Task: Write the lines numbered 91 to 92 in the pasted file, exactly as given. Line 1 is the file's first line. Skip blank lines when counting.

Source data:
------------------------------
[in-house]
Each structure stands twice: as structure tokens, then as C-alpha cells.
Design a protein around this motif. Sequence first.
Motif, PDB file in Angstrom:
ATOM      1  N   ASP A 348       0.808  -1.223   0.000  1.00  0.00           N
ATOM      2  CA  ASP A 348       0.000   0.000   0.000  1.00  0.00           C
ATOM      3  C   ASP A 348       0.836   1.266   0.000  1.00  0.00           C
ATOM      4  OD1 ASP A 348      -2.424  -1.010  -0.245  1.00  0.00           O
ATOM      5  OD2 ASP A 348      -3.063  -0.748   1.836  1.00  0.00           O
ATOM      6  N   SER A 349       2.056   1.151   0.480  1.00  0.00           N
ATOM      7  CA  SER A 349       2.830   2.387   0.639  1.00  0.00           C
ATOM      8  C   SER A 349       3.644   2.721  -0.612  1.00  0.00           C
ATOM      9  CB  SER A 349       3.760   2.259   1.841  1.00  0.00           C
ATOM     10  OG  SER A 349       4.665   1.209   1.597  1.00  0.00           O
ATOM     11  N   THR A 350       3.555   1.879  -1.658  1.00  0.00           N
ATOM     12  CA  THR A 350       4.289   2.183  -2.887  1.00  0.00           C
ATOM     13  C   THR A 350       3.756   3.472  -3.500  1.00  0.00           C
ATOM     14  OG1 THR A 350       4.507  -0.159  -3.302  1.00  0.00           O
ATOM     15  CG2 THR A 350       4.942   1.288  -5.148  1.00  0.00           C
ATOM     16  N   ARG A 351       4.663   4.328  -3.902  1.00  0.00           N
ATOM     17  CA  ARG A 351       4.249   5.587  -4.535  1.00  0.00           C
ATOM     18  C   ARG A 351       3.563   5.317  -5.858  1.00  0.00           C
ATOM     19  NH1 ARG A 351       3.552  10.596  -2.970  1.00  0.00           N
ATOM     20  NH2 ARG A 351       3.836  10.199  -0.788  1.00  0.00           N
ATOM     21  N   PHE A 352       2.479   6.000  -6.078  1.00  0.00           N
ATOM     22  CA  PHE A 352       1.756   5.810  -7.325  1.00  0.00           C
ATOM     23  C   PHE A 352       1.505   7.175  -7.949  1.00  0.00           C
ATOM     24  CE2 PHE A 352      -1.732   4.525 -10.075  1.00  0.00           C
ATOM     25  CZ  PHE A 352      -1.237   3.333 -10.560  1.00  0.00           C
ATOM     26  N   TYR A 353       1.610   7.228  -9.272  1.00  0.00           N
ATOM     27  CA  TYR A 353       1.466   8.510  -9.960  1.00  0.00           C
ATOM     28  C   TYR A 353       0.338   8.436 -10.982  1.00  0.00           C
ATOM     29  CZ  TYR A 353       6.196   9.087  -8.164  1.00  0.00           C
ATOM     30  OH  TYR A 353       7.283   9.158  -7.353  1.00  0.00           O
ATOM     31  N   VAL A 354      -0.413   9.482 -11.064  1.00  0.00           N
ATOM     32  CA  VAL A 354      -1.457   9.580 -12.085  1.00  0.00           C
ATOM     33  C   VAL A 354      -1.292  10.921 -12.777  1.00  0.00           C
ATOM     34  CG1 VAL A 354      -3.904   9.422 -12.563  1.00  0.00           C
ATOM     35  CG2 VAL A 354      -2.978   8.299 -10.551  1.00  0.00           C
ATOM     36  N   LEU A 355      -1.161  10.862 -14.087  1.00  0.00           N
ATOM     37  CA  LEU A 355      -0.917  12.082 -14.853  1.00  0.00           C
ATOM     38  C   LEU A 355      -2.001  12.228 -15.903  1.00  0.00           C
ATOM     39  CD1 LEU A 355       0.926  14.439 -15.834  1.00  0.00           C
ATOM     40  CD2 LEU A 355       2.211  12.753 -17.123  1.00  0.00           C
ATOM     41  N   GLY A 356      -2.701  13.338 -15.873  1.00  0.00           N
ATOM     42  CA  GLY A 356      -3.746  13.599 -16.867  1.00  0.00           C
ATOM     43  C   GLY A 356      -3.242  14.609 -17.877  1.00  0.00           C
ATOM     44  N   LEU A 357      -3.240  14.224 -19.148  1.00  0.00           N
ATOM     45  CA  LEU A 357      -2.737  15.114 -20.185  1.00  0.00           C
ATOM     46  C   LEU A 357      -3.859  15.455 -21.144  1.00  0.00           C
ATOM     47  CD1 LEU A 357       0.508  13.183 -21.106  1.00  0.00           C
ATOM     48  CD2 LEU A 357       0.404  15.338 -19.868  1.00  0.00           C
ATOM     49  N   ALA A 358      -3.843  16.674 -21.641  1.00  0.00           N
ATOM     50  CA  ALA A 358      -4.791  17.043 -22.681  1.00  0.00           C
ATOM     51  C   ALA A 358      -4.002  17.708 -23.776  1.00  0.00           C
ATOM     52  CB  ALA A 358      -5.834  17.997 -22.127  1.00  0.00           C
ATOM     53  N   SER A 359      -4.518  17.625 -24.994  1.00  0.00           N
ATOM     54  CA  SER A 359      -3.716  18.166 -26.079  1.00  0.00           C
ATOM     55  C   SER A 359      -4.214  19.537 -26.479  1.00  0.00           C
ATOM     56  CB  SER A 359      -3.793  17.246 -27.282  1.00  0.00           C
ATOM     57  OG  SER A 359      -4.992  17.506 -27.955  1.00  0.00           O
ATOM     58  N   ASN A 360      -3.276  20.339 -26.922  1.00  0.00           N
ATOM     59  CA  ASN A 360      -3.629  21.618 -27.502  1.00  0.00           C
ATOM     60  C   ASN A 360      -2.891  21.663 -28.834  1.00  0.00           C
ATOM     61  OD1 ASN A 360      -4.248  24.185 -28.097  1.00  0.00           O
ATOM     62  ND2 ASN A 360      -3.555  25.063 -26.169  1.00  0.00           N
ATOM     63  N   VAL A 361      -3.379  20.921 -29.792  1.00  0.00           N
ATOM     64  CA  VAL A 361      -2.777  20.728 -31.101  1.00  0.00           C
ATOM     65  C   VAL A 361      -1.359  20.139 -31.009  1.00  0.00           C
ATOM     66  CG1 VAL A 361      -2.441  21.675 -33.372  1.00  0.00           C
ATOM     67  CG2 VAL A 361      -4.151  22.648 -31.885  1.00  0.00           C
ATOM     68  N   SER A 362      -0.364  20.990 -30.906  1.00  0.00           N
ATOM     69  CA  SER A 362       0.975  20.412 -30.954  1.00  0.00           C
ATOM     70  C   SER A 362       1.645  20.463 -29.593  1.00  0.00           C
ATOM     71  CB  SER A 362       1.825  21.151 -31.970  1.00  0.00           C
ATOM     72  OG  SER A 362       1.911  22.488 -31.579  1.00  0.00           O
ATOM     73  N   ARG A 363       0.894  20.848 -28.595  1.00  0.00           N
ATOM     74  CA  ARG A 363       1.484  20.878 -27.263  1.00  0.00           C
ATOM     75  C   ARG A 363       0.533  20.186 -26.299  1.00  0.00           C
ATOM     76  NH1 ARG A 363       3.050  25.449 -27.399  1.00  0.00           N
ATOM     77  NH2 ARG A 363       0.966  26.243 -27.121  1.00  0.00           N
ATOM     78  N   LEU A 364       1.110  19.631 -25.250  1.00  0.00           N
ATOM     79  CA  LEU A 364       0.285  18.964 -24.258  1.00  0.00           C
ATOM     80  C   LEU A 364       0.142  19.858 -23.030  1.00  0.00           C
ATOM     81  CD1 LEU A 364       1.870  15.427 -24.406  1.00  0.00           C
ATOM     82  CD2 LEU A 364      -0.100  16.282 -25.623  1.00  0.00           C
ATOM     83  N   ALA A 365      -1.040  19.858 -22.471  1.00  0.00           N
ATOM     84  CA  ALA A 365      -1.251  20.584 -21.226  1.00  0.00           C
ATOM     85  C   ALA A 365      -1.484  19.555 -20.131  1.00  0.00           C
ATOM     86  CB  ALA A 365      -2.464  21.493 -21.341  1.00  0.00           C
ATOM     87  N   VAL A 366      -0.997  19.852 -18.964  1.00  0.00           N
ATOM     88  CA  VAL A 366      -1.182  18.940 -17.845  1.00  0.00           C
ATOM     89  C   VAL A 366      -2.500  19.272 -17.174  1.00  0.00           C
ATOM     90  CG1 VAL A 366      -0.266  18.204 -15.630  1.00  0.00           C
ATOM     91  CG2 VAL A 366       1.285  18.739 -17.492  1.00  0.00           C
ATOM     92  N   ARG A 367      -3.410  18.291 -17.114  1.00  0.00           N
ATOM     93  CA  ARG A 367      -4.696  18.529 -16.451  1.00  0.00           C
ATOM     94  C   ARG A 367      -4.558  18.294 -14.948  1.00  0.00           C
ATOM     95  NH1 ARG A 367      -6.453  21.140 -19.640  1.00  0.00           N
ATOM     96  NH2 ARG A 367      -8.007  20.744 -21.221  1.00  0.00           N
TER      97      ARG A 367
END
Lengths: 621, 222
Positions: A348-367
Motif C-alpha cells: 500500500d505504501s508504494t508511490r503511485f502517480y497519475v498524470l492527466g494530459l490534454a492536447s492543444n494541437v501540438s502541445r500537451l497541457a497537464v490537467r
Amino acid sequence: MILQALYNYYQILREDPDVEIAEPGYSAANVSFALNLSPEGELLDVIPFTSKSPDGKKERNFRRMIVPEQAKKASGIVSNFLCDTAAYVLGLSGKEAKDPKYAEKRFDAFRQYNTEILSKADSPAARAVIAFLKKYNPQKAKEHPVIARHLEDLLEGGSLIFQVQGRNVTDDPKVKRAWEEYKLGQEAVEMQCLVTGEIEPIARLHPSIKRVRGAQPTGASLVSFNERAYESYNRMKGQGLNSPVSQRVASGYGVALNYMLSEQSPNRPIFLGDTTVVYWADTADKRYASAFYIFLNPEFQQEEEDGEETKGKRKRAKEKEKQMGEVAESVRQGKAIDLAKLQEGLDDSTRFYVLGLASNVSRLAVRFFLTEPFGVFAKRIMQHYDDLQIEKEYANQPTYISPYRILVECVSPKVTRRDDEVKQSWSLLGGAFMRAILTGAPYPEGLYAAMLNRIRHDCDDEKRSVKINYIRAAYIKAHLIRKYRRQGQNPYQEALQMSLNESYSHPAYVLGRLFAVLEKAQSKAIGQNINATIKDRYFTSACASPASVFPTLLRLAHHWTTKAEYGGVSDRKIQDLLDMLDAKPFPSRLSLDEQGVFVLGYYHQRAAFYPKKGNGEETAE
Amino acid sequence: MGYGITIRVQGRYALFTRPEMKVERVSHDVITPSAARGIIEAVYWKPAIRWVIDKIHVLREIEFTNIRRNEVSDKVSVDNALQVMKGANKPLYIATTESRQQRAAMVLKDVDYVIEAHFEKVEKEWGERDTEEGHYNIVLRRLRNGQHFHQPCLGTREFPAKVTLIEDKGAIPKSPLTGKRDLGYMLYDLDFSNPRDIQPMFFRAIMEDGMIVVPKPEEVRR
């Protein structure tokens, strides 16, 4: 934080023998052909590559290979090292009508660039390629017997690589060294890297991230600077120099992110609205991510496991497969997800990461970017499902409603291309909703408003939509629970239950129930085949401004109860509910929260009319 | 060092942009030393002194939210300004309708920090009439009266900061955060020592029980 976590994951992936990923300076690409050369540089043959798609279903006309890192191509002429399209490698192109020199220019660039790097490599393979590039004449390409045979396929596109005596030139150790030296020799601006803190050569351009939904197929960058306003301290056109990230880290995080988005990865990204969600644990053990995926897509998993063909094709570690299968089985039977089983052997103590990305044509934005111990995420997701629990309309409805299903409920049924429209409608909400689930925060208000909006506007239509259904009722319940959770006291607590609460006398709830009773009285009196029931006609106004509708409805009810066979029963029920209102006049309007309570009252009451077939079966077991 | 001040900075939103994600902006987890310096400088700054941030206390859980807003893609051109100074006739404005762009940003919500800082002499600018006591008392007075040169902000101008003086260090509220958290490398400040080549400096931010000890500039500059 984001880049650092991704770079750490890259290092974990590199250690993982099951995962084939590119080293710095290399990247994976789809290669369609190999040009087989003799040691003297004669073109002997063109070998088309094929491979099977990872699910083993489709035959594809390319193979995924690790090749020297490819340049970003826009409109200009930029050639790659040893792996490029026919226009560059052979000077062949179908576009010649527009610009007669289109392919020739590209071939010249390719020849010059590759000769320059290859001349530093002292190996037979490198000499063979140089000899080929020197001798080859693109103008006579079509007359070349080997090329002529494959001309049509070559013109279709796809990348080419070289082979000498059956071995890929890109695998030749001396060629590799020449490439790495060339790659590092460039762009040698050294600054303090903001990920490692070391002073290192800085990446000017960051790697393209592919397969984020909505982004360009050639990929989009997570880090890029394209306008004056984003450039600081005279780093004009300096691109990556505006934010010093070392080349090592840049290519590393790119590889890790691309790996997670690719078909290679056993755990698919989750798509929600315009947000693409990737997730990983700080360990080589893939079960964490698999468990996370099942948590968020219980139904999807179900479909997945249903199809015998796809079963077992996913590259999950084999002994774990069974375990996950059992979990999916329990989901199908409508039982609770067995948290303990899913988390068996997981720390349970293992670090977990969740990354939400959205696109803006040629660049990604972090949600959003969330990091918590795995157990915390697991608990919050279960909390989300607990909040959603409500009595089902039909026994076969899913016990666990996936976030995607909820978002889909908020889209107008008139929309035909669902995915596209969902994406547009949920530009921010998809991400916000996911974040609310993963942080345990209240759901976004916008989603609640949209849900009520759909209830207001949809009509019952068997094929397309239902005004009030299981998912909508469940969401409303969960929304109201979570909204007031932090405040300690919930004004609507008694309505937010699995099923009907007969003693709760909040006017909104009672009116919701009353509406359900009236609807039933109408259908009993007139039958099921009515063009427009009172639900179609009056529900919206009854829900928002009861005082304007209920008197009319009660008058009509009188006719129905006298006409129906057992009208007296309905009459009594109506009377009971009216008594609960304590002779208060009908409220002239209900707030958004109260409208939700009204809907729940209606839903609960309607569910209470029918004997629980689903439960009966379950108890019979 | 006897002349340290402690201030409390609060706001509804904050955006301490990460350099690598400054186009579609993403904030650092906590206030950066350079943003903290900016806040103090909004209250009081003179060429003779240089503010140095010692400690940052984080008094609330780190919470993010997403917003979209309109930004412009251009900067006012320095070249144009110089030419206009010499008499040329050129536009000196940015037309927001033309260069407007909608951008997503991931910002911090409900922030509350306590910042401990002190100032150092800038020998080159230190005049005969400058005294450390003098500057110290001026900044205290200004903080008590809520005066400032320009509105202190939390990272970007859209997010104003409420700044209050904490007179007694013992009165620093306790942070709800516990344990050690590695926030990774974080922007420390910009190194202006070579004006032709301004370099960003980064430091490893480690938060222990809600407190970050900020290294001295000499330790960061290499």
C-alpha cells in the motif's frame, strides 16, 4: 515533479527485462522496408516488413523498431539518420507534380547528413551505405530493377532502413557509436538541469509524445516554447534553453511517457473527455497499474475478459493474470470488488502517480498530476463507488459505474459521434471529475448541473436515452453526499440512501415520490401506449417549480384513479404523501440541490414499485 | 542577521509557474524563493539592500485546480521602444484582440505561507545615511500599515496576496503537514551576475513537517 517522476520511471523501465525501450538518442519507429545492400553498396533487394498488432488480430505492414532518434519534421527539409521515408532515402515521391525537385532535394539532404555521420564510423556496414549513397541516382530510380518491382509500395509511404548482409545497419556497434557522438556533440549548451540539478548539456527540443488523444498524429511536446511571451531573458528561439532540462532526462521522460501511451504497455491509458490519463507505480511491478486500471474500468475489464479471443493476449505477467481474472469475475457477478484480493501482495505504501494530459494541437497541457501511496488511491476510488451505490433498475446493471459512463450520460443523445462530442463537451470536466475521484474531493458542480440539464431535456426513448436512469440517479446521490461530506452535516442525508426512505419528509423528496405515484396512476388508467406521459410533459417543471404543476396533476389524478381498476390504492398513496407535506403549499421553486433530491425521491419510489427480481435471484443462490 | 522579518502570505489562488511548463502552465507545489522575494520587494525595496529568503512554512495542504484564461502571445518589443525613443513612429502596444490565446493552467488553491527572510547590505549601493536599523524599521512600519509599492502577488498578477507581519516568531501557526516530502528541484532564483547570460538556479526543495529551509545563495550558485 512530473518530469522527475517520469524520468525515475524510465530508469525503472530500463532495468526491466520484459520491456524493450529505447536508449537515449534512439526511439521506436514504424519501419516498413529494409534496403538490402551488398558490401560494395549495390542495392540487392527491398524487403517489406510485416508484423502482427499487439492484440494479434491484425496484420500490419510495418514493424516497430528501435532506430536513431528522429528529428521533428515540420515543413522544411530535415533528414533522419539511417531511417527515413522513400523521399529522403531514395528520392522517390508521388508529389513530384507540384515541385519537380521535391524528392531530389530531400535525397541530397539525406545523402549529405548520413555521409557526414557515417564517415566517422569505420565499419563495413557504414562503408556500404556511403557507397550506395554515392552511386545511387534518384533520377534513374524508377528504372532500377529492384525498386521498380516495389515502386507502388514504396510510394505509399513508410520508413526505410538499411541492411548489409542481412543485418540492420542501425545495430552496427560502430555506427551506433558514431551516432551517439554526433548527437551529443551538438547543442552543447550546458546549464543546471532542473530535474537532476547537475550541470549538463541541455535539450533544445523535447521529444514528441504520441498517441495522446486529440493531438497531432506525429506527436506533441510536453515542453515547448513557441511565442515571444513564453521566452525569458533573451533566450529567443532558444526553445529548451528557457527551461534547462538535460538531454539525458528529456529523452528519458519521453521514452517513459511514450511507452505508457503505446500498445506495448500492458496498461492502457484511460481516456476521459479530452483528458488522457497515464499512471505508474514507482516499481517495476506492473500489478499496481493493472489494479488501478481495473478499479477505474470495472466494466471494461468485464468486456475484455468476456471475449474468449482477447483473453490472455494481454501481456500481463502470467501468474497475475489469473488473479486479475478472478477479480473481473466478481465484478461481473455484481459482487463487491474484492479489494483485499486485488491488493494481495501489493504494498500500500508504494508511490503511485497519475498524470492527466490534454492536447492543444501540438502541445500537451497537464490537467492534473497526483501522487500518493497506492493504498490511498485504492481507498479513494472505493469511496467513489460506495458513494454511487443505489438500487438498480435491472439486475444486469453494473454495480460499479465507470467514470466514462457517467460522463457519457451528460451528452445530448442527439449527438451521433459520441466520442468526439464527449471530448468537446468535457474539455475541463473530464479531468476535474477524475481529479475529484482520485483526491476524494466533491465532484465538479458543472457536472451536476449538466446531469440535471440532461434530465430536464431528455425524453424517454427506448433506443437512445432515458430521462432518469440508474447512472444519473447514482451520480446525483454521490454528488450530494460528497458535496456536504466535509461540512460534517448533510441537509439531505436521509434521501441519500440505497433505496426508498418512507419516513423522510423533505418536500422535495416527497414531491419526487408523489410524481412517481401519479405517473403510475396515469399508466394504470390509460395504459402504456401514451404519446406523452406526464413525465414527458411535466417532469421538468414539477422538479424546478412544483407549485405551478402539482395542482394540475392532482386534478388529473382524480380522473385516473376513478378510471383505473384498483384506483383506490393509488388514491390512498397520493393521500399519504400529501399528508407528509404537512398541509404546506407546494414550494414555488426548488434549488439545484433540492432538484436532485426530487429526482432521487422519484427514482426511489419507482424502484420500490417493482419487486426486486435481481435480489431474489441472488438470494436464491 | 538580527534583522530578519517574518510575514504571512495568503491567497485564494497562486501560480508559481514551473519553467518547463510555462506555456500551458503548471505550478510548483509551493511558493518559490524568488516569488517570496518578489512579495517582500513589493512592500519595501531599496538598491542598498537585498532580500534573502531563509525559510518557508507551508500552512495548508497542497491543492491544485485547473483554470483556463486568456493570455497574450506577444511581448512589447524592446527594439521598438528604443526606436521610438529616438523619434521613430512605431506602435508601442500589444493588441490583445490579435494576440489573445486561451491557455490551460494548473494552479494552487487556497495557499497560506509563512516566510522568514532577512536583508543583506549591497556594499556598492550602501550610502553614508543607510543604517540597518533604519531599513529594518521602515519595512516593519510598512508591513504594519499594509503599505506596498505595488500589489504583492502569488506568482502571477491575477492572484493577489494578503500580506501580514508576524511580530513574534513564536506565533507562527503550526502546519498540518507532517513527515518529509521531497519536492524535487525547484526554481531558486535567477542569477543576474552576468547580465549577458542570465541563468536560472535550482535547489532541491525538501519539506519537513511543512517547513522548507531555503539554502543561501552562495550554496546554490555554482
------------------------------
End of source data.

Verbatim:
ATOM     87  N   VAL A 366      -0.997  19.852 -18.964  1.00  0.00           N
ATOM     88  CA  VAL A 366      -1.182  18.940 -17.845  1.00  0.00           C